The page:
PORT TOWNSEND — Now that an ordinance forbidding single-use plastic bags in groceries and other stores has been passed by the Port Townsend City Council, the mayor would like the action to be known as more than a plastic-bag ban.
“I would like to see us develop a way to encourage people to use durable containers,” Mayor David King said.
“This should be our legacy.”
The City Council on Monday unanimously approved, on a second reading, the measure that is the only such law to be approved on the North Olympic Peninsula.
It previously was discussed at two meetings of the Special Projects Committee and by the full council June 2.
With the action, Port Townsend becomes the sixth Washington city to pass a similar ordinance, after Bainbridge Island, Bellingham, Edmonds, Issaquah, Mukilteo and Seattle.
Seattle’s plastic-bag ban, which was approved in December, went into effect Sunday.
The Port Townsend ordinance will take effect Nov. 2, four months between passage and implementation.
Most of the cities allowed at least six months for education about the plan.
The timing of the Port Townsend ordinance is meant to coincide with the holiday season.
The city immediately will begin its education program, which will include contacting local merchants and helping them conform with the new rules.
Produce bags are allowed, as are those used to deliver newspapers and protect dry cleaning.
And merchants can use up the plastic-bag supply they have on hand, even if it is after the law’s effective date.
The forbidden bags fall within specific limits: They are single-use plastic bags with handles that are thinner than 2.25 mils. A mil is 1/1,000th of an inch.
Stores instead will provide standard-sized paper shopping bags, with or without handles, with each store required to assess a 5-cent-per-bag “pass through charge” to the customer.
Stores won’t be allowed to provide free standard-sized paper shopping bags, though paper bags of other sizes are not affected by the rule. The rule is meant to encourage people to bring their own reusable bags.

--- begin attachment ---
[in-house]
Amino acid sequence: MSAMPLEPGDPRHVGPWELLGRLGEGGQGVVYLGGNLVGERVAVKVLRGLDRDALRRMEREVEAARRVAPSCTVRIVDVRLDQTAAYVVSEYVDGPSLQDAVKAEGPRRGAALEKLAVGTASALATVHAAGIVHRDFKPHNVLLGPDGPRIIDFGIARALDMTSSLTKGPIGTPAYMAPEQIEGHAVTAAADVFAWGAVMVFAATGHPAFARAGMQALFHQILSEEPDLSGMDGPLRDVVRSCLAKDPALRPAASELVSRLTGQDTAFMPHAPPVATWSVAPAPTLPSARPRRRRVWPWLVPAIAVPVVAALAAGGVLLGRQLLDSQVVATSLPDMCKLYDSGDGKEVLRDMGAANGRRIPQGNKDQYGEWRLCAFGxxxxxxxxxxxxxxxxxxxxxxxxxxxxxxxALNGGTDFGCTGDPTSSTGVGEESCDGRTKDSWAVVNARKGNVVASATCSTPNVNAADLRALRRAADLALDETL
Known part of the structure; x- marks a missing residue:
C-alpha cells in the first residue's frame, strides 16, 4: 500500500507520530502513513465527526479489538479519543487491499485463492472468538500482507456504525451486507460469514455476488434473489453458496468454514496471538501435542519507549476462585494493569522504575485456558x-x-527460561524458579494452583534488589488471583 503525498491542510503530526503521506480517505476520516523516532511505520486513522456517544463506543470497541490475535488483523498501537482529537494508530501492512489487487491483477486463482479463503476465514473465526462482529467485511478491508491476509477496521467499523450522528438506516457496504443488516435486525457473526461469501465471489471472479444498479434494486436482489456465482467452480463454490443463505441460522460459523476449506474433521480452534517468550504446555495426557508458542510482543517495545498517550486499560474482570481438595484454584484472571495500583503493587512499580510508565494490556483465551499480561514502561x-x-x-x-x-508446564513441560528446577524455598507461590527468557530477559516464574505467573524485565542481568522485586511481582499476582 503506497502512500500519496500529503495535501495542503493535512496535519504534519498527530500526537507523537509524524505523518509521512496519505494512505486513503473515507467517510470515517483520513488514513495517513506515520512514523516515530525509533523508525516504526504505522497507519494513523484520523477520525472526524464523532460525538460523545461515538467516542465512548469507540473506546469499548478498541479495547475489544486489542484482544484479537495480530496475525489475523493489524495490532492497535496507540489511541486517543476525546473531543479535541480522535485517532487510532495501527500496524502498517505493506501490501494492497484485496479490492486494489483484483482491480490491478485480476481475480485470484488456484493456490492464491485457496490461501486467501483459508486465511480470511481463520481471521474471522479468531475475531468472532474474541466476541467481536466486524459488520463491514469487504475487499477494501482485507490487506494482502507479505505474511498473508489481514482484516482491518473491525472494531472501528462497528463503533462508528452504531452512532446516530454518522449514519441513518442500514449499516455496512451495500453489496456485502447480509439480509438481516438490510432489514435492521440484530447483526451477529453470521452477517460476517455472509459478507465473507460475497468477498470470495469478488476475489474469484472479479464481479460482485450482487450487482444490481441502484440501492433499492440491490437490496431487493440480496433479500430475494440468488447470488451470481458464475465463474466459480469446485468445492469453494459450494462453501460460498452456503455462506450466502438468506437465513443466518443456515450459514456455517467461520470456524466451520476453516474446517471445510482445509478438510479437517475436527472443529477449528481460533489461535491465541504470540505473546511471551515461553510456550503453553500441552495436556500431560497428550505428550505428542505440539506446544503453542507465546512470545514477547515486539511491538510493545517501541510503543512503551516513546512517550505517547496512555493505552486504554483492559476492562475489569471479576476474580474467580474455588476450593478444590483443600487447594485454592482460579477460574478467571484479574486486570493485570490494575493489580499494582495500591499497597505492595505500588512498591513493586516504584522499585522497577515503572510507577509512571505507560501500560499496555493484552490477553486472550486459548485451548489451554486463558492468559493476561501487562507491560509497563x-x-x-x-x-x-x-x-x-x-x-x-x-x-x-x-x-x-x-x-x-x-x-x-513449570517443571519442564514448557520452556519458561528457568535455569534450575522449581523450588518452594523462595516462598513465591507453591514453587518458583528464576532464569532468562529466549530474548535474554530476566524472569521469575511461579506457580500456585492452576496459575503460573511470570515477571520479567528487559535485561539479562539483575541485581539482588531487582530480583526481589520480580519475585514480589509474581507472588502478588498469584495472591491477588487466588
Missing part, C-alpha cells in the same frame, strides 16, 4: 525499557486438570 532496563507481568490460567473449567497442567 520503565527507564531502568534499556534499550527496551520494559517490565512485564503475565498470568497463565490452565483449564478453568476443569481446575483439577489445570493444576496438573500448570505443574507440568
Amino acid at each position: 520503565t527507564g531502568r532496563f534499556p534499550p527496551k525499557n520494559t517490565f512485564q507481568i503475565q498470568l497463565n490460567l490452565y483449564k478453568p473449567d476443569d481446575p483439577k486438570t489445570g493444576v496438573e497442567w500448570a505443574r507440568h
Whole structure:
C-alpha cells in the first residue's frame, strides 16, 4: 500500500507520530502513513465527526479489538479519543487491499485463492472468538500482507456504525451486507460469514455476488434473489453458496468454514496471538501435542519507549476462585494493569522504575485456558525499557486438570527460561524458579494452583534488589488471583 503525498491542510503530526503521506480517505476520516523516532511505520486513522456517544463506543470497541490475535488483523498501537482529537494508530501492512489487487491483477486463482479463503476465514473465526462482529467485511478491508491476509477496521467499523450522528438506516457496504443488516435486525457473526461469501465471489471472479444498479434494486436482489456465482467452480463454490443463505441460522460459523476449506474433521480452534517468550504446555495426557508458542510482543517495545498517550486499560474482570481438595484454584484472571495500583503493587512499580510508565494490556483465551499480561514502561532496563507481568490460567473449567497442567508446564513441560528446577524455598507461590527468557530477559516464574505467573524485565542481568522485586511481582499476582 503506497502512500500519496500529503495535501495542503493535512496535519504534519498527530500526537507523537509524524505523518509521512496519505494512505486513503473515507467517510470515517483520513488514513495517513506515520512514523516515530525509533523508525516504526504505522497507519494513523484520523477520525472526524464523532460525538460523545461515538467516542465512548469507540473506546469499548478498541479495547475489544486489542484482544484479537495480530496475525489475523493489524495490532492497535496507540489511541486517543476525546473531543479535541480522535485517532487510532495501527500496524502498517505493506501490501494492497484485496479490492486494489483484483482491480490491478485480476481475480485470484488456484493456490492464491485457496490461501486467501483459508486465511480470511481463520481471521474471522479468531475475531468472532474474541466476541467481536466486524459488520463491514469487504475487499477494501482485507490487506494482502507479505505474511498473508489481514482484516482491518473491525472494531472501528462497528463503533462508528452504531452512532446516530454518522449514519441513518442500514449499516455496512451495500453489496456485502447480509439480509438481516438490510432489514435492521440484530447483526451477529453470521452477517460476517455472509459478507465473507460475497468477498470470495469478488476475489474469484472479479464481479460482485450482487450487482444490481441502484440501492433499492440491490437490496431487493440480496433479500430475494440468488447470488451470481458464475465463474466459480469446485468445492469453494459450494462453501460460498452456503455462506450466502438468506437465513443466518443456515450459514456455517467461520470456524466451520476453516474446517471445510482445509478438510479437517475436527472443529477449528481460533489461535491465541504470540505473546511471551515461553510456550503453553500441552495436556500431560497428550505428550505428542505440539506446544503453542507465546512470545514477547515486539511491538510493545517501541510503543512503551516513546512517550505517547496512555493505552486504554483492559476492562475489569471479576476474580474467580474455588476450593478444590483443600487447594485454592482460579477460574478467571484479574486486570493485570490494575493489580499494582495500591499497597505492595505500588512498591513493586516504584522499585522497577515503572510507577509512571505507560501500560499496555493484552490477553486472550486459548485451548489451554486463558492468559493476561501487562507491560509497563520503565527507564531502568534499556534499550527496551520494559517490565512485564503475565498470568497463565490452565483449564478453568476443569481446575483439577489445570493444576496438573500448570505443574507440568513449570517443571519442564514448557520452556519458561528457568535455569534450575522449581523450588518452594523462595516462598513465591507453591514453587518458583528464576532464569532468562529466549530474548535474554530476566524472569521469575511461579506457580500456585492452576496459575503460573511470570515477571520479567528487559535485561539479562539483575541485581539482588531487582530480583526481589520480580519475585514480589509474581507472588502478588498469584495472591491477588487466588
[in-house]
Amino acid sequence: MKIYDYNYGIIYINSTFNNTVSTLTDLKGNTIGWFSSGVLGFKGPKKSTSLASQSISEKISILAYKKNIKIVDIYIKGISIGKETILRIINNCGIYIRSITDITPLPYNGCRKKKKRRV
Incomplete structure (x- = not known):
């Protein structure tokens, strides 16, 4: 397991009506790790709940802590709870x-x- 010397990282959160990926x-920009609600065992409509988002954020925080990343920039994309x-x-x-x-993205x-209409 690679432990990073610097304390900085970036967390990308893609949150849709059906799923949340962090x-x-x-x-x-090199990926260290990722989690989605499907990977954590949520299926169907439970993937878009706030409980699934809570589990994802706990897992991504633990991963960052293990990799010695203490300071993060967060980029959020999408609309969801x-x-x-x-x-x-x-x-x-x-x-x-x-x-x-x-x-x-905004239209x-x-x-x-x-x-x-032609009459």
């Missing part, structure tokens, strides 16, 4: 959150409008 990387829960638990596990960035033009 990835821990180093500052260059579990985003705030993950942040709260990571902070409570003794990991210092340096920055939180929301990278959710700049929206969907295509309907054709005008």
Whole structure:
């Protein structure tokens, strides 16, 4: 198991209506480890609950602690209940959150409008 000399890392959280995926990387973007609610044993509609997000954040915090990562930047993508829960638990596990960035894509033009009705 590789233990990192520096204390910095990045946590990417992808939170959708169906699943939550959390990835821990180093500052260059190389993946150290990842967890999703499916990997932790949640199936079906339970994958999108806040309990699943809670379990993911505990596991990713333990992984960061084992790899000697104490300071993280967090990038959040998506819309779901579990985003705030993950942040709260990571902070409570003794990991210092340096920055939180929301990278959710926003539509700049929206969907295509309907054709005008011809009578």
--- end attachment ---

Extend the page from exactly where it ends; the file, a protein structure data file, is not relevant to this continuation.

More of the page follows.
The banned plastic bags, if brought by customers, can be considered reusable bags.
Merchants also are required to assess the bag charge because a store that does not charge for the bags will have an unfair advantage, officials said.
The store will keep the paper-bag fee to defray the cost of providing the bags.
The cost of the bags will be added onto the customers’ bills.
It is subject to sales tax, though the percentage of that collected by the city is negligible, City Attorney John Watts said.
As part of the effort to encourage reusable bags, city officials are considering the purchase of reusable bags with a city logo that would be distributed free to shoppers.
According to one proposal, the city could purchase 5,000 custom bags made of non-woven polypropylene for $5,450.
The council also discussed paying a portion of the cost of bags manufactured for merchants who would co-brand their bags with the city.
The city will not actively enforce the ban but will respond to complaints of violations.
During the public comment period, local merchant Lois Venarchick, who owns The Bead Store downtown, called the ban “hypocritical” because it did not address the plethora of disposable coffee cups and lids that are littered throughout the area.
Venarchick also was concerned about her current stock of bags, which she purchased at the beginning of 2012 and expected to use for the entire year.
“It’s hard to estimate when this will run out,” Venarchick said.
“Business could slow down, and they could last through next year,” she added.
“I wish you would look at the bigger picture here.”
King told Venarchick that stores will be allowed to use plastic bags purchased prior to the ban.
But he added that she may still have to deal with some inconvenience.
“The enforcement is complaint-based, and someone may complain about your using plastic,” King said.
“The city may then send someone out to investigate.
“You will just have to explain the situation to them.”
The City Council considered the ban after residents presented a petition supporting the idea and discussed it during public comment periods, including an appearance by a “bag monster” — Jude Rubin of Port Townsend — wearing 500 plastic bags meant to represent how many bags are used per person in a calendar year.
Plastic bags adversely affect more than 200 species of marine animals and can’t be recycled effectively, Rubin had told the council.
Jefferson County Reporter Charlie Bermant can be reached at 360-385-2335 or at firstname.lastname@example.org.